In our time: memoir of a revolution
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In our time: memoir of a revolution Susan Brownmiller; Aurum Press Ltd, London, 2000, £12.99 Pbk (No hard back available), ISBN 1-85410-700-3, 368pp
In Our Time brings alive the late 1960s and 1970s feminist activism within the United States. It is a historical and, at some stages, autobiographical story of the women's second wave revolution. The book is more about the action than about the complex theory that was developed during this period. As is well known, Susan Brownmiller played an important role in this movement. She participated in some of the radical activist organizations and consciousness raising groups such as the New York Radical Feminists and The Red Stockings. Her most famous contribution to the movement was as a feminist author. Brownmiller's book Against Our Will (1975) was a groundbreaking analysis of rape. Her theories transformed the understanding of rape from a practice that an individual woman was responsible for, to a crime that men performed on women as a form of, and maintenance of, power. From the position of a feminist author and activist within the American second wave movement, Brownmiller is well placed to tell the story of the radical transformations made.
The book places into over all context the writing of second wave feminist texts such as The Feminine Mystique (Friedan, 1963), The Dialectic of Sex (Firestone, 1970), Sexual Politics (Millet, 1970), The Myth of the Vaginal Orgasm (Koedt, 1973) Against Our Will (Brownmiller, 1975) and The Hite Report (Hite, 1976). In Our Time describes how the women's movement influenced the writing of these texts and the influence that these texts had on the movement. The book does not give commentary or analysis on the theories of these texts and would serve more as a complement or an introduction to American second wave feminist theory.
In Our Time describes how the women's movement was about more than a set of academic texts. Second wave feminism, we are told, was about large scale collective action and demonstration, women being angry and standing up to patriarchy at every level of society: from the bedrooms, the law courts and working environments to the government. In Our Time recounts the rise and fall of multiple women's organizations, beginning with liberal feminism and Friedan's founding of the National Organization for Women (NOW) in 1966 (that focused upon equal opportunities in employment and pay) and contrasting with the later more radical feminist movements known collectively as Women's Liberation in which Brownmiller herself performed a key role. Brownmiller spends more time describing the later organizations that were formed as non-hierarchical, decentralized, counter culture units based upon analysis, theory and radical activism. She recounts how she was converted to feminist action through such a unit at a New York Radical Feminist consciousness raising session. At this group meeting Brownmiller, as well as many others in the room, recounted their experiences of their life endangering illegal abortions performed in the back streets of Puerto Rico and Cuba. She describes the meeting as providing the necessary momentum for Susan Brownmiller to commit herself to the feminist cause.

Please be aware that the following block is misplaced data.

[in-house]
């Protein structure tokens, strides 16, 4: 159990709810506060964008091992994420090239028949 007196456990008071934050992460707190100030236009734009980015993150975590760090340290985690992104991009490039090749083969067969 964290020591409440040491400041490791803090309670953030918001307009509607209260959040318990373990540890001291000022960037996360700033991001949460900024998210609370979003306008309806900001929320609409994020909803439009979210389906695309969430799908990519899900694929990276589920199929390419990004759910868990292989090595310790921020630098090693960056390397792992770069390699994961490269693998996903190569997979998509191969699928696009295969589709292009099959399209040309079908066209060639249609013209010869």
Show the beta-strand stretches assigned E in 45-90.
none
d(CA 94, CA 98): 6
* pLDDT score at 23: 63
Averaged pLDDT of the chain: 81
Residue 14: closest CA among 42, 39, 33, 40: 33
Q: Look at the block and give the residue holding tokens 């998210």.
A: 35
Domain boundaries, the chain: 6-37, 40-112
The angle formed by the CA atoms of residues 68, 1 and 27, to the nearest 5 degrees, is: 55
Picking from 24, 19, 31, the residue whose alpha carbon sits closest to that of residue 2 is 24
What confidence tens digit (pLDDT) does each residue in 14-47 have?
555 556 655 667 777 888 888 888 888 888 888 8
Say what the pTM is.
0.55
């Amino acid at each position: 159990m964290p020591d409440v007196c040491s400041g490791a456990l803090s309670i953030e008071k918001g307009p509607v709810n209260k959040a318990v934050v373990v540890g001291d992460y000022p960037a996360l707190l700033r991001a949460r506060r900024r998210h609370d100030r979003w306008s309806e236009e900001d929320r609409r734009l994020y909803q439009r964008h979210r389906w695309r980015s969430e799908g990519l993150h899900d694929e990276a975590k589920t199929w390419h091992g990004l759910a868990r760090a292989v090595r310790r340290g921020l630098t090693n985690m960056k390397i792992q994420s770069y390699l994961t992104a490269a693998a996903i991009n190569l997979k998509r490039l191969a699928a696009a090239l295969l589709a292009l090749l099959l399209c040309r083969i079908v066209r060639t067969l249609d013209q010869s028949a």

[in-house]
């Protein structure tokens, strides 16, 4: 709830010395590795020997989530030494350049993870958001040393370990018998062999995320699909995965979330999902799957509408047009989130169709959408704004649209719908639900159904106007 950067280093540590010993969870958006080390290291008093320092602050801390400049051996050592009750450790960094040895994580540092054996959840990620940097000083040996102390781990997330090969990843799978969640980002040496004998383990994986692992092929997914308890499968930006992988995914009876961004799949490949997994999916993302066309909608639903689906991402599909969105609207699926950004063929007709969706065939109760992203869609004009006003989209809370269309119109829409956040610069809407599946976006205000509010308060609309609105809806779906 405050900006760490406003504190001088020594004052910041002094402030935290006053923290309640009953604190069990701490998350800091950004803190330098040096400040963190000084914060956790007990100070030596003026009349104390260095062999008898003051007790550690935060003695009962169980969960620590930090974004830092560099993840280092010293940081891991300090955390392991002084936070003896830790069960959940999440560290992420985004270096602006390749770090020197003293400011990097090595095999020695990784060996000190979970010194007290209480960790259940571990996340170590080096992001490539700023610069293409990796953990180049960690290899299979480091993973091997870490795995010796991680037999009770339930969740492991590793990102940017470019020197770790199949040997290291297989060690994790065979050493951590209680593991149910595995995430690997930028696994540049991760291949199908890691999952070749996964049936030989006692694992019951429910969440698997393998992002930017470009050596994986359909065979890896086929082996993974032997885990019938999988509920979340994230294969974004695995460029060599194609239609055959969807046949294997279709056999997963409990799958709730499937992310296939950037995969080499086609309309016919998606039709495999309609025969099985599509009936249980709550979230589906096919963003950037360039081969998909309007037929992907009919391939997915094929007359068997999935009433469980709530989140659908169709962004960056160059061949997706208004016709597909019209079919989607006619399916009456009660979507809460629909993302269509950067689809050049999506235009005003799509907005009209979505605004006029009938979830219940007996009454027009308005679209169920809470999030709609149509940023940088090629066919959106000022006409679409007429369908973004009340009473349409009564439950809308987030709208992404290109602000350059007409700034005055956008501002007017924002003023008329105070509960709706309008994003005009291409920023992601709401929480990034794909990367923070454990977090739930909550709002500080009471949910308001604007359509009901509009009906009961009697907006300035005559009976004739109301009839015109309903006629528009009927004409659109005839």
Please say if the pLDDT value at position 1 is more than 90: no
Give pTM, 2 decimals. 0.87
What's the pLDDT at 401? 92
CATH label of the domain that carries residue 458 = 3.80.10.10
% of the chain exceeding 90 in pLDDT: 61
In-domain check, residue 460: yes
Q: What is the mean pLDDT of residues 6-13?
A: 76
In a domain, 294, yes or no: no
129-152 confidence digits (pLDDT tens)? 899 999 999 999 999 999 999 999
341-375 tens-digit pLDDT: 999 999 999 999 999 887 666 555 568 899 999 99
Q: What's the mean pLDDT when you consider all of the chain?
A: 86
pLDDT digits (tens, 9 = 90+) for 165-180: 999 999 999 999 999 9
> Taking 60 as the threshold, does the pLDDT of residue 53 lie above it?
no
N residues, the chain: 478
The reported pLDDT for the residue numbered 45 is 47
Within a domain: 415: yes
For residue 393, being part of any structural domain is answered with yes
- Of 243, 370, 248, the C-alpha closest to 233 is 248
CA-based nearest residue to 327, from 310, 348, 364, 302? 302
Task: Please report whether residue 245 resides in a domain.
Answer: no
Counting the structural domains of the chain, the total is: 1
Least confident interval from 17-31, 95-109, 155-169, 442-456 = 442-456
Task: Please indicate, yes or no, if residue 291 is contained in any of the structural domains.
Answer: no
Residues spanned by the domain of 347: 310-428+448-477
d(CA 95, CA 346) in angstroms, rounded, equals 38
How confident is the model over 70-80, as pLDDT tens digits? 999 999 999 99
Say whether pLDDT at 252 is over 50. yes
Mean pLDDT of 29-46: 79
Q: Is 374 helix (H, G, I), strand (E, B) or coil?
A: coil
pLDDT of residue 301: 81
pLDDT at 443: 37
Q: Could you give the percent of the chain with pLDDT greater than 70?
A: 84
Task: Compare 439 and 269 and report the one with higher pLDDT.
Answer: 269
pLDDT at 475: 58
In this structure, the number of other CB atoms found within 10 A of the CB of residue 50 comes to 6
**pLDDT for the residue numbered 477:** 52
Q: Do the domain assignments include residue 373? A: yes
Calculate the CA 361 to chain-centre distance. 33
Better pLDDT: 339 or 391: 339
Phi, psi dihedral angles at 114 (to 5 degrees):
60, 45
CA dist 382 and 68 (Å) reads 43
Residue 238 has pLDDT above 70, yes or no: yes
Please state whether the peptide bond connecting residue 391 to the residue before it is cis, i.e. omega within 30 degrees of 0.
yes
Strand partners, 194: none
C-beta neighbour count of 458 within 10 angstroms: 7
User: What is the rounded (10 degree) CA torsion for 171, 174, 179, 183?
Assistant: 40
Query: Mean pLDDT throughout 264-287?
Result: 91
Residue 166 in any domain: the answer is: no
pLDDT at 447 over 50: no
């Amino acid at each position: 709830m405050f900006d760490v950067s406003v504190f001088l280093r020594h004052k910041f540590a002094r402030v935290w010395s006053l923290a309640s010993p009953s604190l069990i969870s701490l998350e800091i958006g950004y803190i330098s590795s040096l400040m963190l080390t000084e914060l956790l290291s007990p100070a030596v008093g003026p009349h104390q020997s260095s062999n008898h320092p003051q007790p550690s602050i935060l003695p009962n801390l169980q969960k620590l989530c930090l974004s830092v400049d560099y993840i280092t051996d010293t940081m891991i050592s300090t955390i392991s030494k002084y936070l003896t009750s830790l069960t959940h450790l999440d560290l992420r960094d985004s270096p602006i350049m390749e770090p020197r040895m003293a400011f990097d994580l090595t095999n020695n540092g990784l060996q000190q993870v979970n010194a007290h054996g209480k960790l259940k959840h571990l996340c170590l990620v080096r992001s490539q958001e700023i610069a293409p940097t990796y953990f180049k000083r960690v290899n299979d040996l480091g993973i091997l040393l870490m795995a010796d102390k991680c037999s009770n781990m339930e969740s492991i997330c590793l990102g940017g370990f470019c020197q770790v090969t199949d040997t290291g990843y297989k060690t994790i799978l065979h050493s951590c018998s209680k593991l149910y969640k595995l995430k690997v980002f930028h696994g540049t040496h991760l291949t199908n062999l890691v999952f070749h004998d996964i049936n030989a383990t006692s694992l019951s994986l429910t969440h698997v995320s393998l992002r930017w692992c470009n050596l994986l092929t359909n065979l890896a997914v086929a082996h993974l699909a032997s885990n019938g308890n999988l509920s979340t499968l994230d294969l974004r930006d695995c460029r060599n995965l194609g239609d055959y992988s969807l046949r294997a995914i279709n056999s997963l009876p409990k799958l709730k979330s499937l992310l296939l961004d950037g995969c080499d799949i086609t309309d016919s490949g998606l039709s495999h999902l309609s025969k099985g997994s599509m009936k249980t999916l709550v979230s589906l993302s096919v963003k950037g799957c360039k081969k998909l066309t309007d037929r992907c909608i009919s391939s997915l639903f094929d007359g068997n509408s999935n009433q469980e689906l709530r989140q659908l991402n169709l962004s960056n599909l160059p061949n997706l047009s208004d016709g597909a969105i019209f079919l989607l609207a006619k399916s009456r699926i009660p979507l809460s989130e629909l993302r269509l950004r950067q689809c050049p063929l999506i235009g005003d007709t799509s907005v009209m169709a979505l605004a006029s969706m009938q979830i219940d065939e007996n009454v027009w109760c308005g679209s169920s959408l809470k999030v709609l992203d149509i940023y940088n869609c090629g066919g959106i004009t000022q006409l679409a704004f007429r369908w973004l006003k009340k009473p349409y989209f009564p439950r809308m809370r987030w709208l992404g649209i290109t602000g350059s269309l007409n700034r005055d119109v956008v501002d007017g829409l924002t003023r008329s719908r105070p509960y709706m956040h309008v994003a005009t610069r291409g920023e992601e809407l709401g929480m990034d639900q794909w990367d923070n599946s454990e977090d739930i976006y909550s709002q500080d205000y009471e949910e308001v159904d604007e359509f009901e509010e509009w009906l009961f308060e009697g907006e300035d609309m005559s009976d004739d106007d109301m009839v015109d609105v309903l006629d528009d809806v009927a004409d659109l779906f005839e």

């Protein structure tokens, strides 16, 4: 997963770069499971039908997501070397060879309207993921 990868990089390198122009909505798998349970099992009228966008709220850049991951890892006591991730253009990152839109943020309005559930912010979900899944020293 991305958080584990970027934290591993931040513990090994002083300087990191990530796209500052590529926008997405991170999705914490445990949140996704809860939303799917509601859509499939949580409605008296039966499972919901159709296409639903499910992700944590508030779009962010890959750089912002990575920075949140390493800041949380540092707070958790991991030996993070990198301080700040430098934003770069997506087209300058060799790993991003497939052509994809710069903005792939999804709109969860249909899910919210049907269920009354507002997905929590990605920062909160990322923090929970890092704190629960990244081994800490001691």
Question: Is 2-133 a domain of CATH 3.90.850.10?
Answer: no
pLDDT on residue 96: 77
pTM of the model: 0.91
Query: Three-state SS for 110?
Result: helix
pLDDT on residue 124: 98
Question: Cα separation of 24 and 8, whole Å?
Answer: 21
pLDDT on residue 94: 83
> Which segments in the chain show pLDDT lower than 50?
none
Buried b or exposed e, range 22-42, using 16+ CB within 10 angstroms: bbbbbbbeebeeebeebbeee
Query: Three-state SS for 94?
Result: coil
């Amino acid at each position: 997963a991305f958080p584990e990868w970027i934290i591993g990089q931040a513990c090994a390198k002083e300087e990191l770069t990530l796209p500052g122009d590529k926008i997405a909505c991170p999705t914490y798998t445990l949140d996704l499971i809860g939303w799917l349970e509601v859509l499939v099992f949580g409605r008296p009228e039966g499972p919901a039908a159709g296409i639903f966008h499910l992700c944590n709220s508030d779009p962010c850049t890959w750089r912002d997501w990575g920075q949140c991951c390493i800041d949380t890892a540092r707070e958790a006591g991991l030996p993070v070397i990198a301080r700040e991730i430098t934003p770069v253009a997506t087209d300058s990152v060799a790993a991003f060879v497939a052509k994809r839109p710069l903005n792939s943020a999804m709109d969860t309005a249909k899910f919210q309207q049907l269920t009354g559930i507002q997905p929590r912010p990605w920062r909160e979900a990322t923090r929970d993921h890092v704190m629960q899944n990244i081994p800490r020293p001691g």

The book maps out the development of key feminist issues that arose out of such consciousness raising meetings: the personal is political; how to discuss sex and sexuality; women's right to abortion; new ways to understand rape; the acknowledgement and naming of the battery of women, sexual abuse of children and sexual harassment; and finally the divisive understandings of pornography as crime against women. In Our Time describes how these concepts were developed and negotiated through consciousness raising groups, workshops, speak outs and conferences. Brownmiller then outlines how these notions were used to change the many masculine-dominated cultures in the United States law and society. This was mainly achieved through direct action that took many forms: sit-ins, marches, protests, art, guerrilla theatre, civil disobedience, truth squads, all women dances, disseminating information through newsletters and leaflets, lobbying, learning how to administer abortions and challenging laws in the courts. Many of their direct actions are discussed in detail throughout the text, beginning with the Miss America protests and recounting stories such as the Ladies Home Journal sit-in, Women's strike for equality and the pornography tours in Times Square.